This Looks Super Sketchy

Within the last few years, I sold a .com domain name for five figures via Afternic. I do not report my sales, and I did not make an exception for this sale. As far as I can tell, this sale went completely under the radar. I am thankful for this because I think it would look super sketchy if I had announced the sale.

The buyer of the domain name used Whois privacy, so I don’t have any idea who acquired it. A short time after the domain name sold, I saw it was listed for sale on Afternic when I did a Whois search of the name. The price was not very much higher than my sale price, so it caught my attention. Why would someone buy a domain name and almost immediately list it for sale just a bit higher than what was paid?

I logged into my Afternic and Uniregistry accounts to make sure it wasn’t my listing. I knew it couldn’t be my listing on Afternic since that is where it sold, but I thought maybe it was an archived listing on Uniregistry that was somehow pushed through to Afternic. Nope. It was definitely not my listing.

Since my company owns similar types of domain names, someone could easily claim that I was being dishonest. They could claim that I announced a fake sale or that I was involved in the purchase of the domain name to create a public comparable sale record to boost the value of my similar domain names. Even if GoDaddy broke its privacy policy to confirm that I sold the domain name, they couldn’t irrefutably state that I am not associated with the buyer. It would be impossible for me or them to disprove something that doesn’t exist.

If this sale looks strange to me, I can just imagine what an outsider might think if I had announced the sale or reported it to NameBio. I know it sold via Afternic and I was paid for the domain name, but from an outside POV who would only have access to Whois data and public sale listings, it would probably appear to be sketchy.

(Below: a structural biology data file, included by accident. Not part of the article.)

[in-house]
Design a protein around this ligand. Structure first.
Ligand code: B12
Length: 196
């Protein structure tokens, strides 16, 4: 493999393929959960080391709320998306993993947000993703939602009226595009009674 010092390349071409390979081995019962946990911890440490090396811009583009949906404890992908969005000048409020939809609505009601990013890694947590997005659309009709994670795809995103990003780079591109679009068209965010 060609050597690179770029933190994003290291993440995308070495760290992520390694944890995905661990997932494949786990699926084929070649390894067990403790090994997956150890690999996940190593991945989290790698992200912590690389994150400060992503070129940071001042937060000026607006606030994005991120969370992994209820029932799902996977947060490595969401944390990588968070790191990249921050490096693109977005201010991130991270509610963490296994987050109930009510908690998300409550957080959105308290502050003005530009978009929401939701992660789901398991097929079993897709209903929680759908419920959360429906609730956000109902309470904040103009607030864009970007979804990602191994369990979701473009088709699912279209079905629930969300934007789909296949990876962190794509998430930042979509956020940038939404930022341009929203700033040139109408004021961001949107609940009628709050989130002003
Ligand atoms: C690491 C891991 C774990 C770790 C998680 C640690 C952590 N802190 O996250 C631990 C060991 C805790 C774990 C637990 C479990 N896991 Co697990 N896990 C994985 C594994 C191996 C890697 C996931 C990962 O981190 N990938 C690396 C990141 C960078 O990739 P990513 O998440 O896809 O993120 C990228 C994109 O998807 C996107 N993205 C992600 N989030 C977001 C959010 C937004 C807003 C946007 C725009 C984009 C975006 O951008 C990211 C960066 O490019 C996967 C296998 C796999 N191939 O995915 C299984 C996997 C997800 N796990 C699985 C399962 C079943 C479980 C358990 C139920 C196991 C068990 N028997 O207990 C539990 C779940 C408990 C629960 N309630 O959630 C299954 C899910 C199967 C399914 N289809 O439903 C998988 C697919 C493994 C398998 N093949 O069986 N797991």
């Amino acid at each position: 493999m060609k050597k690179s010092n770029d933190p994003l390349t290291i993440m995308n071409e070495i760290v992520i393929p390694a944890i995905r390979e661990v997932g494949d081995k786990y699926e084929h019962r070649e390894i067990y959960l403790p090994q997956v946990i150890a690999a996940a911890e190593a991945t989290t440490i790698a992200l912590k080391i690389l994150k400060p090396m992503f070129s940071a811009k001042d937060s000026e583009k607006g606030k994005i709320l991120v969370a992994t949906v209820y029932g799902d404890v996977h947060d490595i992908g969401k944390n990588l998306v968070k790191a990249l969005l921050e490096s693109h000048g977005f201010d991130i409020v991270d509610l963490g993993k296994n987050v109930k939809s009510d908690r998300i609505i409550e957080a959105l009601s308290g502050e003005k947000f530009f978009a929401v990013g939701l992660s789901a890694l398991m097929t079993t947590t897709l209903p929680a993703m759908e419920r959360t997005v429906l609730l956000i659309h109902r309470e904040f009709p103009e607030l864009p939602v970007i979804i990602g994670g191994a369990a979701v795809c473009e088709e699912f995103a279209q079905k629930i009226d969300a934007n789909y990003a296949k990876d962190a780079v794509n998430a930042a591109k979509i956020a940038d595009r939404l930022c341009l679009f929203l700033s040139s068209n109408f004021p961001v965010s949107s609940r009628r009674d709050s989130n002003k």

People seem to be very quick to jump to conclusions with circumstantial evidence at best. It’s not fair, but it’s part of this business and reason number five for why I don’t report my domain name sales (article circa 2015).

Elliot Silver
Elliot Silver
About The Author: Elliot Silver is an Internet entrepreneur and publisher of DomainInvesting.com. Elliot is also the founder and President of Top Notch Domains, LLC, a company that has closed eight figures in deals. Please read the DomainInvesting.com Terms of Use page for additional information about the publisher, website comment policy, disclosures, and conflicts of interest. Reach out to Elliot: Twitter | Facebook | LinkedIn

6 COMMENTS

  1. I agree. here’s a weird story. Earlier this year I sold a hand-reg that someone used buy-it-now on afternic for around $9,000.
    A few months later I was curious to see what the buyer was doing with it and it was for sale for $1,040.
    My guess is that in both of our cases the buyer accidentally ordered it or wasn’t able to take delivery of the domain so Afternic put the domain in their portfolio and listed it for sale based on an algorithmic appraisal.

    • Interesting thought. Afternic generally confirms and approves payment before releasing funds though. I can’t imagine they would take a hit like this though. Who knows.

  2. On more than one occasion, I have sold a name only to be contacted by the buyer months or years later to try and sell it back to me. Startups often fail and domains get resold. Often times for less than what was paid just to recoup some funds.

  3. I think Braden’s explanation is most likely. Their circumstances, funding or motivation changed quickly, and they simply are trying to get around what they paid for the domain name. When I do analyses, see many names purchased for significant amounts not in use.

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